Articles / 05.06.2013
Earlier this year, I was invited to Zurich to present our thoughts on integrating ESG metrics through broad portfolio construction. An intimidating prospect, for several reasons:
- It was Julie Hudson (London-based sustainability analyst at UBS – definitely worth reading her research as she is massively smart and thoughtful, and a Promethean figure in the world of institutional ESG investing) who first cracked my mind open regarding sustainability investing at an SRI In The Rockies conference in the early 2000’s. Julie was on the attendee list.
- The EU mandated ESG screening for all public pension plans around the same time, and Europe-based institutional investors have nearly $7trillion in ESG assets (Pensions and Investments, March 5, 2012). Yes, $7trillion. With a “t”.
- Credit Suisse’s private wealth division has invested on behalf of its clients over $1billion invested in microfinance alone.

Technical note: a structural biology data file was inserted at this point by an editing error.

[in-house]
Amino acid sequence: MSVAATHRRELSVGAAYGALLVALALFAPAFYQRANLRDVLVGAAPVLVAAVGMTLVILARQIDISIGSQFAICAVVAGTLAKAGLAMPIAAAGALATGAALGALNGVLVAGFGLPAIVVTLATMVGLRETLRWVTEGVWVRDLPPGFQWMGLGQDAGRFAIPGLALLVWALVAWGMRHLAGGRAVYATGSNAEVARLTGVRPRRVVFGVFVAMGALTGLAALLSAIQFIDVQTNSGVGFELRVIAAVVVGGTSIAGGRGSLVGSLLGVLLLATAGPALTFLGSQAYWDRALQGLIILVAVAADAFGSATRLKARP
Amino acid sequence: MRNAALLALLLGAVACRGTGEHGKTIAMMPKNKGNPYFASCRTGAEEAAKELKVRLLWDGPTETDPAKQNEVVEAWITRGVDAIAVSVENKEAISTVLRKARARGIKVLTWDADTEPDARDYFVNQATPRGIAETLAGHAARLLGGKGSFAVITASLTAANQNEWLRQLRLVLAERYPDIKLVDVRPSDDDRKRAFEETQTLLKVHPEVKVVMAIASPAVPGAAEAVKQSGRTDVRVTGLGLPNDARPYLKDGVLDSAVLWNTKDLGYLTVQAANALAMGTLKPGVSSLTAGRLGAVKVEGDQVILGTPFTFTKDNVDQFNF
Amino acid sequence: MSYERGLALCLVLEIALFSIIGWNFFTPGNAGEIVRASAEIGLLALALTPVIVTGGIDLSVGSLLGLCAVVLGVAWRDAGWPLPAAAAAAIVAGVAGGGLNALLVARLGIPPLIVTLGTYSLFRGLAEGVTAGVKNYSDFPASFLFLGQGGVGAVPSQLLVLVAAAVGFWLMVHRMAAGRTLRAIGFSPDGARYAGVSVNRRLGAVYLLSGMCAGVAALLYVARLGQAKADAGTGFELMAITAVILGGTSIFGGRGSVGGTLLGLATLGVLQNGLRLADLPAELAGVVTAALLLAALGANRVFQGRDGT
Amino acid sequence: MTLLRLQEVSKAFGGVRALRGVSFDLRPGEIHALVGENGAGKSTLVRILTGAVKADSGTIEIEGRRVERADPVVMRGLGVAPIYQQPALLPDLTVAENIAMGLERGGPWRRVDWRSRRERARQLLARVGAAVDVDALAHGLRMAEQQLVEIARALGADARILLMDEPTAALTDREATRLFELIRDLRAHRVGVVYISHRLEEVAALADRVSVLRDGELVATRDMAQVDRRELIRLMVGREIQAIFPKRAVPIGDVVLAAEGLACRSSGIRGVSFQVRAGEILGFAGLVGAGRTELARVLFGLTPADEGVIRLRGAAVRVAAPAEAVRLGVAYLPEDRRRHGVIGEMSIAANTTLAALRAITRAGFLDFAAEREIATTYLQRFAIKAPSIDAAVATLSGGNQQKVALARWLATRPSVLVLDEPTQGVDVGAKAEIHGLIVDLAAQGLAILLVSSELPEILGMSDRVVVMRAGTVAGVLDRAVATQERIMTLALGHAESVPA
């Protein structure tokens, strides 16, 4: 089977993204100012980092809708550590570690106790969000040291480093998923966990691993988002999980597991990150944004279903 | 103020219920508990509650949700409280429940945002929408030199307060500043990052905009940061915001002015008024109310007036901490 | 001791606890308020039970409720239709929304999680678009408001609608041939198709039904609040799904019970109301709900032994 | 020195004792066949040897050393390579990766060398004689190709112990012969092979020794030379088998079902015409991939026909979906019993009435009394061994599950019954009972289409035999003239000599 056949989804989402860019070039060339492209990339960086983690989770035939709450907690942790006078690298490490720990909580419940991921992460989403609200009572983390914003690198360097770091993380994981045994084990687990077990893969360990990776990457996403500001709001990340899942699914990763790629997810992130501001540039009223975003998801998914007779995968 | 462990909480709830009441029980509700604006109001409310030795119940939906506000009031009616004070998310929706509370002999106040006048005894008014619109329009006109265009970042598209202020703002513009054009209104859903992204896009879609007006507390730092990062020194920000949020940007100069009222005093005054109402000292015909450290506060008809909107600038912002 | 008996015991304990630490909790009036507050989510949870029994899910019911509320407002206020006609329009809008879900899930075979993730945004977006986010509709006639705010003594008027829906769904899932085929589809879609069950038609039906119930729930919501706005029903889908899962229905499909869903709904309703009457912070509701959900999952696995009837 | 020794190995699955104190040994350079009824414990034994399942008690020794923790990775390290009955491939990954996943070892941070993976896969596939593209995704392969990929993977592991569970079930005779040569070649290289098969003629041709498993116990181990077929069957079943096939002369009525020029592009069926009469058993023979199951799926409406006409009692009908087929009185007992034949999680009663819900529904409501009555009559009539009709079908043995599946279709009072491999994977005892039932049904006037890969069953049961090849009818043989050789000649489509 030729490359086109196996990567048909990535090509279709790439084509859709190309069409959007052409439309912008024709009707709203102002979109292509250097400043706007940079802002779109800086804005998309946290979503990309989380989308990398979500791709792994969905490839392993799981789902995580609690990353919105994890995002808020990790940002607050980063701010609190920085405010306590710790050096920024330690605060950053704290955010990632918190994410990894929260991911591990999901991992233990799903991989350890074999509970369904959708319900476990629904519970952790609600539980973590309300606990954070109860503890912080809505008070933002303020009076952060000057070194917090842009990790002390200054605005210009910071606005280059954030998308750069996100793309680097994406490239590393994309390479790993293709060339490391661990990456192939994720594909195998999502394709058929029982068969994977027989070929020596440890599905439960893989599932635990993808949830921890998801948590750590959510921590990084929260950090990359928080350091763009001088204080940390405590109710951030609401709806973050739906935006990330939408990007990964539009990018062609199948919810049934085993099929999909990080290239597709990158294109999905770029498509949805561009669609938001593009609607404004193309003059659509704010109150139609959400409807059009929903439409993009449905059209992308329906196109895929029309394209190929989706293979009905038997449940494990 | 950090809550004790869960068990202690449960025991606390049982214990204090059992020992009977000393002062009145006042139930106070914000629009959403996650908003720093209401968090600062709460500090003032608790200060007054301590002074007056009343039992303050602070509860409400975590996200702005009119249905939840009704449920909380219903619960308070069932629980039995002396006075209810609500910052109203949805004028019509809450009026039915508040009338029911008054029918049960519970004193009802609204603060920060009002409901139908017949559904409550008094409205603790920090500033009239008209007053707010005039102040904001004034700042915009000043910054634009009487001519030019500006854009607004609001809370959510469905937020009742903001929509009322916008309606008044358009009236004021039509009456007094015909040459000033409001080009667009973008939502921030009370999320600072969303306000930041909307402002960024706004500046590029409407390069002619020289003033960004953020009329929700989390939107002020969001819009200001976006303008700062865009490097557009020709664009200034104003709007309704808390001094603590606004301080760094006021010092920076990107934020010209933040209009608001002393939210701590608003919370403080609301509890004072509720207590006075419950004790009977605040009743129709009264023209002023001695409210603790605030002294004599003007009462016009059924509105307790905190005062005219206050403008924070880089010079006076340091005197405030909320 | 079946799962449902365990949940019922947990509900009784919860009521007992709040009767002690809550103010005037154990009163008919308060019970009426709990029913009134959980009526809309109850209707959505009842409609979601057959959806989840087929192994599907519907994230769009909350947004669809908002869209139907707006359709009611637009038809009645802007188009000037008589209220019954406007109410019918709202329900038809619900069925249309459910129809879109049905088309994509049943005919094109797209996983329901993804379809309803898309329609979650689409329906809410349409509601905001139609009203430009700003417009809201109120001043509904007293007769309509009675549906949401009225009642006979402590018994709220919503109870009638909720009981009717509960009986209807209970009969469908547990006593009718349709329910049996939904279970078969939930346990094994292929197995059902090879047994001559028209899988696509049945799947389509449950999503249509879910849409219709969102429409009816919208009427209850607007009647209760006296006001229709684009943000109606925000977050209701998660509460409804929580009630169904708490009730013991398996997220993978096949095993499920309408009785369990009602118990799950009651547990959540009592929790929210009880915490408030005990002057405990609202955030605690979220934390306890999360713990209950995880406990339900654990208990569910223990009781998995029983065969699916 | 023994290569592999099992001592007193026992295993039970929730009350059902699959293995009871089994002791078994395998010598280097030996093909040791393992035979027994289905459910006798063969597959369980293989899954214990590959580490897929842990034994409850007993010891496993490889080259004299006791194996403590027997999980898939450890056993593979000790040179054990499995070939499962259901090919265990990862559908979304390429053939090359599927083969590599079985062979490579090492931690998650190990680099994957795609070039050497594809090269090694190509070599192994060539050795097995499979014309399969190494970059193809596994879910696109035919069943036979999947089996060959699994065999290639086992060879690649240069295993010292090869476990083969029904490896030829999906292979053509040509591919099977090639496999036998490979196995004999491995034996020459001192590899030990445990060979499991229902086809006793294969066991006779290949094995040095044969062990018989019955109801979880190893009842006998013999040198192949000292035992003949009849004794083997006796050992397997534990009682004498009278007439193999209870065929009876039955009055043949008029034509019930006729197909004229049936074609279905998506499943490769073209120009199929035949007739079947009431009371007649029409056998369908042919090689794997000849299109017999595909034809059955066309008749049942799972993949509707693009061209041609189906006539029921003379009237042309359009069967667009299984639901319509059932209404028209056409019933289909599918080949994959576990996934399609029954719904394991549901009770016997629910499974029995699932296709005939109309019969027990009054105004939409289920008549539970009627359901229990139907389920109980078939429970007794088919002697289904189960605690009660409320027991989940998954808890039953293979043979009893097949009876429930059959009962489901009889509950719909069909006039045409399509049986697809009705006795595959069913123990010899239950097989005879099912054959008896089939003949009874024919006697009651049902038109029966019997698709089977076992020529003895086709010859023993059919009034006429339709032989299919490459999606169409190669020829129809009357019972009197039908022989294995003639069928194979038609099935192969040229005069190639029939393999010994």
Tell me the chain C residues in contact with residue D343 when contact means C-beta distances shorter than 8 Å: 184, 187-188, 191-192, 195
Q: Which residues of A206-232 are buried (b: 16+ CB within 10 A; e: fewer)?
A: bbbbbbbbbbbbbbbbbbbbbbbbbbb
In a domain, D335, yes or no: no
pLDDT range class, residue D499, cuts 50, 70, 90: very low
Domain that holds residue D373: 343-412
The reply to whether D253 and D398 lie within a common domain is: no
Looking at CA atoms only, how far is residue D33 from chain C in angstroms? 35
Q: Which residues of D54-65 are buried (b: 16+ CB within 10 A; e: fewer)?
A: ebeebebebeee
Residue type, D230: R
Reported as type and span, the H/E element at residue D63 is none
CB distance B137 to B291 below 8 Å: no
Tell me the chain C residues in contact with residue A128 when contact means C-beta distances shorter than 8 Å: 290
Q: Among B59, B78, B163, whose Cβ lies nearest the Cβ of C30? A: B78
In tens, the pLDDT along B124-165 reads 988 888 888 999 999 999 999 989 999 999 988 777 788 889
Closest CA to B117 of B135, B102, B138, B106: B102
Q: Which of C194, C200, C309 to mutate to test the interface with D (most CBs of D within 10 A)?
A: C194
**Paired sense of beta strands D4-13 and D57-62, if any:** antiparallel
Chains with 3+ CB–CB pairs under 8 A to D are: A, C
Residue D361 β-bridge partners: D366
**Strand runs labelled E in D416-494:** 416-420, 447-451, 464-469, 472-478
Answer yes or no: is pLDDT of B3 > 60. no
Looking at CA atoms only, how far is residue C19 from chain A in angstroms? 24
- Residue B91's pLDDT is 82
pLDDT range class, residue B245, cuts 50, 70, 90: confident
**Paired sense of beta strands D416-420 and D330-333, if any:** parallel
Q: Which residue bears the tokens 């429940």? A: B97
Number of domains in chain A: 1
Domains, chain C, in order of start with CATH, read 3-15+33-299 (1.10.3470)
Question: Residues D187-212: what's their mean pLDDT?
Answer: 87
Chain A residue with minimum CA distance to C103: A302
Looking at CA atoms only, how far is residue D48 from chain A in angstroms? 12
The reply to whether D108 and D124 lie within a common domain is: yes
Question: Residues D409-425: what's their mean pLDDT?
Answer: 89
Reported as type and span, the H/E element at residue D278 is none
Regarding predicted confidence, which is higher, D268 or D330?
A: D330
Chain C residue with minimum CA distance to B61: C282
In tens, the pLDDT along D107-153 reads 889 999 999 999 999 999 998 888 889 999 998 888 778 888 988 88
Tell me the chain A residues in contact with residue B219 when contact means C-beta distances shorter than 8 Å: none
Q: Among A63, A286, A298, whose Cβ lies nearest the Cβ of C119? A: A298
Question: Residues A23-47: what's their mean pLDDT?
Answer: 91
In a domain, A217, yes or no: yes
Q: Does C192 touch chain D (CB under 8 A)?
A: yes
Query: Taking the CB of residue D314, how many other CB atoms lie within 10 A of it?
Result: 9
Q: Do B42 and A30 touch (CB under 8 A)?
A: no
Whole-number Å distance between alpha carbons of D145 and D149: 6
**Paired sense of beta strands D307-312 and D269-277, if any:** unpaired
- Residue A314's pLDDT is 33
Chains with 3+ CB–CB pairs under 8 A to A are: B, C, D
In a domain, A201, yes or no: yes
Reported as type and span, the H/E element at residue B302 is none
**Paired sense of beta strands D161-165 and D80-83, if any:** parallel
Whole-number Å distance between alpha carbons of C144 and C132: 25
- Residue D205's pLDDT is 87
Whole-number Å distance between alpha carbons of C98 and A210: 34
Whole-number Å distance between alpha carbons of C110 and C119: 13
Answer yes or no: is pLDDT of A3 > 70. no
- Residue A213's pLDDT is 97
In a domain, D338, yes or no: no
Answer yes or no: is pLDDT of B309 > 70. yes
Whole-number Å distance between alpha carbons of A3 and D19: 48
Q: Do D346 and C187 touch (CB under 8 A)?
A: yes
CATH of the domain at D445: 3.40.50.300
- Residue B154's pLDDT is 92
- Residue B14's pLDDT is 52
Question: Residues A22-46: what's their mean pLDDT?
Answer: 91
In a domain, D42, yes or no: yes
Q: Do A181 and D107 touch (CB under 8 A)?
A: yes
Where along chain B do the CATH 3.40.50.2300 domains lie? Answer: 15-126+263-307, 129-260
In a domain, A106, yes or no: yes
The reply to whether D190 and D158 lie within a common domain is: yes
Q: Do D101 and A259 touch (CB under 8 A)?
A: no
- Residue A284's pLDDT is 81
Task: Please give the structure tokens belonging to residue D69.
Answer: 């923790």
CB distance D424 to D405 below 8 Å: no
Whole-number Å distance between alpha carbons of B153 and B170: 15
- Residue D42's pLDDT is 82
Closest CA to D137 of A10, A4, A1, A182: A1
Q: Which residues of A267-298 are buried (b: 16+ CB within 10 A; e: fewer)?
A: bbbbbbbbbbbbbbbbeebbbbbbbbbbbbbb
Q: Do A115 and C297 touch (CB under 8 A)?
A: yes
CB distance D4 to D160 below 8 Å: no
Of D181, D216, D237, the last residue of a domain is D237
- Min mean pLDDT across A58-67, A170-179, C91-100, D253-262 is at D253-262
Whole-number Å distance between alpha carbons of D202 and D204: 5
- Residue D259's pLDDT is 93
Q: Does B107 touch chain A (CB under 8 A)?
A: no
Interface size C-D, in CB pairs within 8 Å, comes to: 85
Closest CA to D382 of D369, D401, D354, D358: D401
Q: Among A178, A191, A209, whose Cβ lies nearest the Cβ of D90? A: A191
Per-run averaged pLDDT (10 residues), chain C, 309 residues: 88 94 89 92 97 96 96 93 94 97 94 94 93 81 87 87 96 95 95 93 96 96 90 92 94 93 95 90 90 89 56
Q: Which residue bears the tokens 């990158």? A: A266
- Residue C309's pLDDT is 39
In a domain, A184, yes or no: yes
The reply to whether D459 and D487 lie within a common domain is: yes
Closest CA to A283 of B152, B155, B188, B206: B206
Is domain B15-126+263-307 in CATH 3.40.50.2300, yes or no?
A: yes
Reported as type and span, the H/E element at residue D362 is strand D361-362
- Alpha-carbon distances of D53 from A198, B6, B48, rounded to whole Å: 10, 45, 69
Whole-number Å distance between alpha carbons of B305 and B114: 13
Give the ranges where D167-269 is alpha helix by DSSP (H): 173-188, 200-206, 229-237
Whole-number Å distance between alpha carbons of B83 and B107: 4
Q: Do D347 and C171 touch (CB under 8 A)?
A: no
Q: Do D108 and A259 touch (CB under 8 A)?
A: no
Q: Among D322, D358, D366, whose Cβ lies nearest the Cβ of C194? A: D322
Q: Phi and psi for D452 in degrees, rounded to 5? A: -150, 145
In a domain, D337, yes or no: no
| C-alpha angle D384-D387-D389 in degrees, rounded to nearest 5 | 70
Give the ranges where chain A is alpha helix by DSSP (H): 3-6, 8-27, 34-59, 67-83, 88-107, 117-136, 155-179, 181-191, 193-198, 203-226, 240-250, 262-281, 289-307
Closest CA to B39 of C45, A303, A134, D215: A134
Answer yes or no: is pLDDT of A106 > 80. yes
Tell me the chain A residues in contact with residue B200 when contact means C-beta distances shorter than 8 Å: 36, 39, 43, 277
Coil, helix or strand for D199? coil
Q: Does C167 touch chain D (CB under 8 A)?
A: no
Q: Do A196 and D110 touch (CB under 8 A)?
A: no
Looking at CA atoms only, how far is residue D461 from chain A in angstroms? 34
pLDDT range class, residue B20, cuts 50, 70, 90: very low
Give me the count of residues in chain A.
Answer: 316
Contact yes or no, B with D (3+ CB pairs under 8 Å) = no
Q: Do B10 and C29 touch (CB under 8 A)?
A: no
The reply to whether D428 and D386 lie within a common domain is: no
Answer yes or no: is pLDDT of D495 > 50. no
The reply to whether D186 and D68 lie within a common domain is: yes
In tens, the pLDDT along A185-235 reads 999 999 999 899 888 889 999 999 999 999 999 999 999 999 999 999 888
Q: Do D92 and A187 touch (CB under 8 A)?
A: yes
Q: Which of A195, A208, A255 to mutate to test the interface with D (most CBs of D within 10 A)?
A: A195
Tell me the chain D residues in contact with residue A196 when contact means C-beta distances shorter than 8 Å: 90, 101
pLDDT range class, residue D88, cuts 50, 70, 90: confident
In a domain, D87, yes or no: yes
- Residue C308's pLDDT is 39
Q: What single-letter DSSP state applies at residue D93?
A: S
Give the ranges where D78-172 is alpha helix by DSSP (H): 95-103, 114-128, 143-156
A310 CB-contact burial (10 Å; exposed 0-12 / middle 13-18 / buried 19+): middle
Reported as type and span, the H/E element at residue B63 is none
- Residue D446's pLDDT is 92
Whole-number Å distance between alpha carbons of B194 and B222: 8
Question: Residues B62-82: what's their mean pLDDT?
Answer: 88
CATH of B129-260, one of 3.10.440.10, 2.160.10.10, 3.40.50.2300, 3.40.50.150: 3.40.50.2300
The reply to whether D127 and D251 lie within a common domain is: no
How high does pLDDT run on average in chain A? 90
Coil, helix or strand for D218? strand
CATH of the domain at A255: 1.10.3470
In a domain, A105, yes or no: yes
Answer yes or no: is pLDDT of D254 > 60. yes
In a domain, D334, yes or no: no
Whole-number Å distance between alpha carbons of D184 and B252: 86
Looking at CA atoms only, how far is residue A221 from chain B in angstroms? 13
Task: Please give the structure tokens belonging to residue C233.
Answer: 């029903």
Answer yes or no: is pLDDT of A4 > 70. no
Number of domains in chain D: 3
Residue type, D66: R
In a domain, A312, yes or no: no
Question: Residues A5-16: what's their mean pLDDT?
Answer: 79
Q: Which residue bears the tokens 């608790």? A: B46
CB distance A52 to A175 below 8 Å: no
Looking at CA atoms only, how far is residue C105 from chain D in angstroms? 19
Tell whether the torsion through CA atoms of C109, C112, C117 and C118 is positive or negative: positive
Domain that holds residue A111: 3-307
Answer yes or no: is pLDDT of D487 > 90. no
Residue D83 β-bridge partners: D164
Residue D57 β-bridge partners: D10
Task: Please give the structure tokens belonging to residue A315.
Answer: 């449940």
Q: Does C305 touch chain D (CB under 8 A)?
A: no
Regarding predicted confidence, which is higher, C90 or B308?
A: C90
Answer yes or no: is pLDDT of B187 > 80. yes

- Several of the transformative institutions that occupy the periphery of impact conversations in the US are based in Europe: Triodos, Euclid, SOS, Le Comptoir de l’Innovation, EMI, etc. etc.
What could I possibly add to the conversation? I was here to learn, and as my grandmother always said, it’s hard to use your ears when your mouth is open.
As it turns out, I had a lot more to add than I thought. Although there are exceptions to the following generalizations, they are sufficiently valid that I’ll put ‘em into print and stand behind them: